Marine Girl
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Marine Girl

Marine Girl


A female former marine returns alone and unarmed to Afghanistan on a dangerous journey of redemption and self‐discovery.

Twenty three year old former US marine Mira Attai will travel deep into Taliban territory, this time without weapons or an army to protect her. Her mission: to find out for herself what the war was for and how it has affected ordinary Afghans who are out of the reach of most international media. At the same time, she hopes to discover where her heart truly belongs, Afghanistan or America. 

Mira was just nineteen when she served in Afghanistan with the US Marines. Born in Afghanistan and raised in America within a traditional Afghan family, Mira has a deep affection for both cultures, but still doesn’t really know where she fits in. In 2009, she thought that joining the Marines would be the best way to see her country of birth (somewhere she hadn’t been since the age of 5) and to understand what was happening there.

Assigned as a cultural advisor, Mira accompanied her marine unit on dozens of dangerous missions into hostile territories in Helmand Province. Her role was not only to translate between the US army, their Afghan allies and local people, but to communicate the cultural differences and gather vital intelligence. Crucially, she could enter Afghan houses and speak to the women, something that would be unacceptable for a male to do. (In one occasion, she discovered a member of the Taliban inside, disguised in a burka.) Unsurprisingly, many locals were antagonistic, and refused to speak to her, viewing her as an enemy and an un-Islamic woman in Western uniform. Many Afghans were also uncomfortable with the fact that their womenfolk could talk to her without being observed and controlled by the men. (Even some of her American colleagues viewed her with suspicion, and on one occasion, her Afghan allies, who regarded her as a ‘bad’ Muslim, planned to kill her. The plot was discovered and Mira was hurried back to base for her own safety.) From a personal point of view, however, Mira’s missions with the marines provided her with more questions than answers, and she became increasingly unsure about America’s motives in Afghanistan. Now she wants to return, this time as an unarmed Afghan-American civilian without any back-up, to see if she can find out why she was fighting there in the first place, and if she did more harm or good.

‘Unarmed in Afghanistan’ will begin with Mira in her hometown of Sacramento, California as she prepares for her risky mission, and follow her as she arrives in the relatively secure capital of Kabul, where she will plan her onward journey. In order to fit in in the rural areas, she must buy clothes that conceal her Western identity – a black Hijab that she struggles to wear for the first time. If the Taliban discover that was an American marine, her life will be in extreme danger.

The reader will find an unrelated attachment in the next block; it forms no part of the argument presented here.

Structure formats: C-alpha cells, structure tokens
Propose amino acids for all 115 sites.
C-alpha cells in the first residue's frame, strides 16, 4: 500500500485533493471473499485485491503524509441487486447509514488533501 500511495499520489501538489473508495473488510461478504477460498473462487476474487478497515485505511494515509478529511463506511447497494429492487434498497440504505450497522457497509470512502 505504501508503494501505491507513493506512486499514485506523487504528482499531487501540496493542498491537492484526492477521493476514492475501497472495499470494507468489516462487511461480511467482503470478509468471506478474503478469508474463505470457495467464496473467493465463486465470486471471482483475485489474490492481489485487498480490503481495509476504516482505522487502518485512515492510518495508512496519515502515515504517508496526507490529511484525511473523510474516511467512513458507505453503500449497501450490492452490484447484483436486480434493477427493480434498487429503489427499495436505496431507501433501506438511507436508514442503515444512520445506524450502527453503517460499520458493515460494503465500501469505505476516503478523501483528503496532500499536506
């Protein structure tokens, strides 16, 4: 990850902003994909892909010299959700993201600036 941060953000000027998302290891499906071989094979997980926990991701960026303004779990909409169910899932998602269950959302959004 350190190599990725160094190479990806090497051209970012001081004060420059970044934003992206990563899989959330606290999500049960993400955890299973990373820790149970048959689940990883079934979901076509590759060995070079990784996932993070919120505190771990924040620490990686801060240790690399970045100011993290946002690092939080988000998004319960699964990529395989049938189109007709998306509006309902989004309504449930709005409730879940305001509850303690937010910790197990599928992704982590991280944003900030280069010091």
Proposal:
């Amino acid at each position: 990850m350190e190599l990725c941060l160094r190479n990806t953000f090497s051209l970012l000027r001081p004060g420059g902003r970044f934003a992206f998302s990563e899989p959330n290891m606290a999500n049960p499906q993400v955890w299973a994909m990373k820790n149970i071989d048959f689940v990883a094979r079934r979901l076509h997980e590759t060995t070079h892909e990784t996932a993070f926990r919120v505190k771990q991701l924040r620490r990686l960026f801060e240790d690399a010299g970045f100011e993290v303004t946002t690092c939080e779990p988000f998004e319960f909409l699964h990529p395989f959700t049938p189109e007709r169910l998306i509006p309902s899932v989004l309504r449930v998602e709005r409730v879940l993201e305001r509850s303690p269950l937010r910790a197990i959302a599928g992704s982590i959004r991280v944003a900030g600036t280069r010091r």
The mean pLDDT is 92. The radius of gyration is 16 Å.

In the warzones of Nanagarhar, Kandahar, Ghazni and Helmand, Mira will hear the shocking stories of ordinary Afghan families that have been torn apart by the war - whether it was an entire family killed in an accidental shooting or drone attack, or whether they were deliberately shot to death by US troops as they slept in their beds. In Helmand, a seven-year-old boy tells Mira how he watched his mother and eight brothers and sisters die in an American drone attack. Only he and his father survived, and now the boy’s sole record of his family is a mobile phone video of their charred bodies. In Ghazni Province, an old woman is inconsolable as she describes how a three-year-old’s mother was shot and killed by US troops. The old woman now struggles to take care of the girl herself. Where the deaths or maimings were accidental, the American soldiers apologise and pay the family $1,500 per death. 

But as one farmer tells Mira, “I would pay the Americans $10,000 for each member of my family if it brought them back to life. It’s not worth it if even if they gave me Washington or New York in return. I just want my family back.” Before returning to America, Mira tries to come to terms with the sorrow and anger of the people she meets, reflecting on what the US is doing in Afghanistan, and the behaviour of its soldiers there. Up until this point, she had believed that civilian deaths caused by Americans could only be accidental, but now her heart sinks as she admits that revenge could be a motivating factor for all sides. As her Afghan journey ends, Mira still has questions that have to be answered – questions that she will put to NATO and the US Army to complete her mission and this film - but no longer can she claim to be innocent in this devastating war.  

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